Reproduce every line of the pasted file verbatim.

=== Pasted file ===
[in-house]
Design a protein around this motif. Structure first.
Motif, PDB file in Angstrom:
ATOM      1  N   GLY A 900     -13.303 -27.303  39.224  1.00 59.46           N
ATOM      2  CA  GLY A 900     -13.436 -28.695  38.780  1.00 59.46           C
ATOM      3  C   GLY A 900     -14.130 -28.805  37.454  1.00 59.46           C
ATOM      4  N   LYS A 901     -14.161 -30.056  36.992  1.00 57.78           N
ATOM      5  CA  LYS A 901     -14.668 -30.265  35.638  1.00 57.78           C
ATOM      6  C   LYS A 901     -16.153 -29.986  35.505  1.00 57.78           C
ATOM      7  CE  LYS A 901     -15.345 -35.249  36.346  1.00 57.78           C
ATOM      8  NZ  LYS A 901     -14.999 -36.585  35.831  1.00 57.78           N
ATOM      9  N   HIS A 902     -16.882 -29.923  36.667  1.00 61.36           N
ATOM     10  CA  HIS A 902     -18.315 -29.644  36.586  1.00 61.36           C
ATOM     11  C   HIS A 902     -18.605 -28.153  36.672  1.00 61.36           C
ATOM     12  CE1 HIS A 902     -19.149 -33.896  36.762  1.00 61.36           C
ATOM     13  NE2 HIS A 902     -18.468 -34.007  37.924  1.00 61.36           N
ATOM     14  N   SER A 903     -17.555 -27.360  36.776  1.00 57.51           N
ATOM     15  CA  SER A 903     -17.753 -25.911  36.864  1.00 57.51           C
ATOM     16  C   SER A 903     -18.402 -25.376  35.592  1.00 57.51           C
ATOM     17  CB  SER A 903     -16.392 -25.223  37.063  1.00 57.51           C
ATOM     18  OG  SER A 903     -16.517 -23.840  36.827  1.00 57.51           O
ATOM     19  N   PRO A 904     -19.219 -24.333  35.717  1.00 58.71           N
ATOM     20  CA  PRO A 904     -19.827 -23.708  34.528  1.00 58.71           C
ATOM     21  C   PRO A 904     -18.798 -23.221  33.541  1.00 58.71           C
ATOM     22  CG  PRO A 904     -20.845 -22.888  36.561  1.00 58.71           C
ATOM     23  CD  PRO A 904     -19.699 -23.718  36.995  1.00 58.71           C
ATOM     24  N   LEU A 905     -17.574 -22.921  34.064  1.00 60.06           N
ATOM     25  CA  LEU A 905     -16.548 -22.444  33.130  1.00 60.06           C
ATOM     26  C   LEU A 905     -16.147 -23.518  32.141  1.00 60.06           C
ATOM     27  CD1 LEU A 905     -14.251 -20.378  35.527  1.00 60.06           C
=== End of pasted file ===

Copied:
[in-house]
Design a protein around this motif. Structure first.
Motif, PDB file in Angstrom:
ATOM      1  N   GLY A 900     -13.303 -27.303  39.224  1.00 59.46           N
ATOM      2  CA  GLY A 900     -13.436 -28.695  38.780  1.00 59.46           C
ATOM      3  C   GLY A 900     -14.130 -28.805  37.454  1.00 59.46           C
ATOM      4  N   LYS A 901     -14.161 -30.056  36.992  1.00 57.78           N
ATOM      5  CA  LYS A 901     -14.668 -30.265  35.638  1.00 57.78           C
ATOM      6  C   LYS A 901     -16.153 -29.986  35.505  1.00 57.78           C
ATOM      7  CE  LYS A 901     -15.345 -35.249  36.346  1.00 57.78           C
ATOM      8  NZ  LYS A 901     -14.999 -36.585  35.831  1.00 57.78           N
ATOM      9  N   HIS A 902     -16.882 -29.923  36.667  1.00 61.36           N
ATOM     10  CA  HIS A 902     -18.315 -29.644  36.586  1.00 61.36           C
ATOM     11  C   HIS A 902     -18.605 -28.153  36.672  1.00 61.36           C
ATOM     12  CE1 HIS A 902     -19.149 -33.896  36.762  1.00 61.36           C
ATOM     13  NE2 HIS A 902     -18.468 -34.007  37.924  1.00 61.36           N
ATOM     14  N   SER A 903     -17.555 -27.360  36.776  1.00 57.51           N
ATOM     15  CA  SER A 903     -17.753 -25.911  36.864  1.00 57.51           C
ATOM     16  C   SER A 903     -18.402 -25.376  35.592  1.00 57.51           C
ATOM     17  CB  SER A 903     -16.392 -25.223  37.063  1.00 57.51           C
ATOM     18  OG  SER A 903     -16.517 -23.840  36.827  1.00 57.51           O
ATOM     19  N   PRO A 904     -19.219 -24.333  35.717  1.00 58.71           N
ATOM     20  CA  PRO A 904     -19.827 -23.708  34.528  1.00 58.71           C
ATOM     21  C   PRO A 904     -18.798 -23.221  33.541  1.00 58.71           C
ATOM     22  CG  PRO A 904     -20.845 -22.888  36.561  1.00 58.71           C
ATOM     23  CD  PRO A 904     -19.699 -23.718  36.995  1.00 58.71           C
ATOM     24  N   LEU A 905     -17.574 -22.921  34.064  1.00 60.06           N
ATOM     25  CA  LEU A 905     -16.548 -22.444  33.130  1.00 60.06           C
ATOM     26  C   LEU A 905     -16.147 -23.518  32.141  1.00 60.06           C
ATOM     27  CD1 LEU A 905     -14.251 -20.378  35.527  1.00 60.06           C